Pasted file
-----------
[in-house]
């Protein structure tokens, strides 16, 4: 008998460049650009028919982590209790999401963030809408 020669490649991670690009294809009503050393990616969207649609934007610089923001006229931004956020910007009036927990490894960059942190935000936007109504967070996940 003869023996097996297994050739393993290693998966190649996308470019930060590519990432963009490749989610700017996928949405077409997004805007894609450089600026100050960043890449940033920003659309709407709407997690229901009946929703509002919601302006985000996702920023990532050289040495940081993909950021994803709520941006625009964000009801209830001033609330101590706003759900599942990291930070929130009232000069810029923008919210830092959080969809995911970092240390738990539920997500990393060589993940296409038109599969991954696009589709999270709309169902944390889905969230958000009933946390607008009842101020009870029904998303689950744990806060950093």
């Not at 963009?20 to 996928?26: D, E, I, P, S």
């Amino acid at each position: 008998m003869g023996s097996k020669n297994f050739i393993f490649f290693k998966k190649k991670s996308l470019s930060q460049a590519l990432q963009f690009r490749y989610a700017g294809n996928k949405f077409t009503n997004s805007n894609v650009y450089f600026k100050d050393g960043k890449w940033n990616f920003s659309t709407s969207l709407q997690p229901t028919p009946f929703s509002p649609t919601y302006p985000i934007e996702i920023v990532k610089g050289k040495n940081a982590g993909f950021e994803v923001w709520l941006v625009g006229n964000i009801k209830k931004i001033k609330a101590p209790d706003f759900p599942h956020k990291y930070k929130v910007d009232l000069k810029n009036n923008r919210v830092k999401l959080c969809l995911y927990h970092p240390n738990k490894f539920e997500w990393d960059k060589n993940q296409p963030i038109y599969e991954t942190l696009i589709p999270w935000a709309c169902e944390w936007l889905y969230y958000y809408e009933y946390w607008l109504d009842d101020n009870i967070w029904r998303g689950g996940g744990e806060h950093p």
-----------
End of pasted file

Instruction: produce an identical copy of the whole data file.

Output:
[in-house]
């Protein structure tokens, strides 16, 4: 008998460049650009028919982590209790999401963030809408 020669490649991670690009294809009503050393990616969207649609934007610089923001006229931004956020910007009036927990490894960059942190935000936007109504967070996940 003869023996097996297994050739393993290693998966190649996308470019930060590519990432963009490749989610700017996928949405077409997004805007894609450089600026100050960043890449940033920003659309709407709407997690229901009946929703509002919601302006985000996702920023990532050289040495940081993909950021994803709520941006625009964000009801209830001033609330101590706003759900599942990291930070929130009232000069810029923008919210830092959080969809995911970092240390738990539920997500990393060589993940296409038109599969991954696009589709999270709309169902944390889905969230958000009933946390607008009842101020009870029904998303689950744990806060950093």
């Not at 963009?20 to 996928?26: D, E, I, P, S």
């Amino acid at each position: 008998m003869g023996s097996k020669n297994f050739i393993f490649f290693k998966k190649k991670s996308l470019s930060q460049a590519l990432q963009f690009r490749y989610a700017g294809n996928k949405f077409t009503n997004s805007n894609v650009y450089f600026k100050d050393g960043k890449w940033n990616f920003s659309t709407s969207l709407q997690p229901t028919p009946f929703s509002p649609t919601y302006p985000i934007e996702i920023v990532k610089g050289k040495n940081a982590g993909f950021e994803v923001w709520l941006v625009g006229n964000i009801k209830k931004i001033k609330a101590p209790d706003f759900p599942h956020k990291y930070k929130v910007d009232l000069k810029n009036n923008r919210v830092k999401l959080c969809l995911y927990h970092p240390n738990k490894f539920e997500w990393d960059k060589n993940q296409p963030i038109y599969e991954t942190l696009i589709p999270w935000a709309c169902e944390w936007l889905y969230y958000y809408e009933y946390w607008l109504d009842d101020n009870i967070w029904r998303g689950g996940g744990e806060h950093p």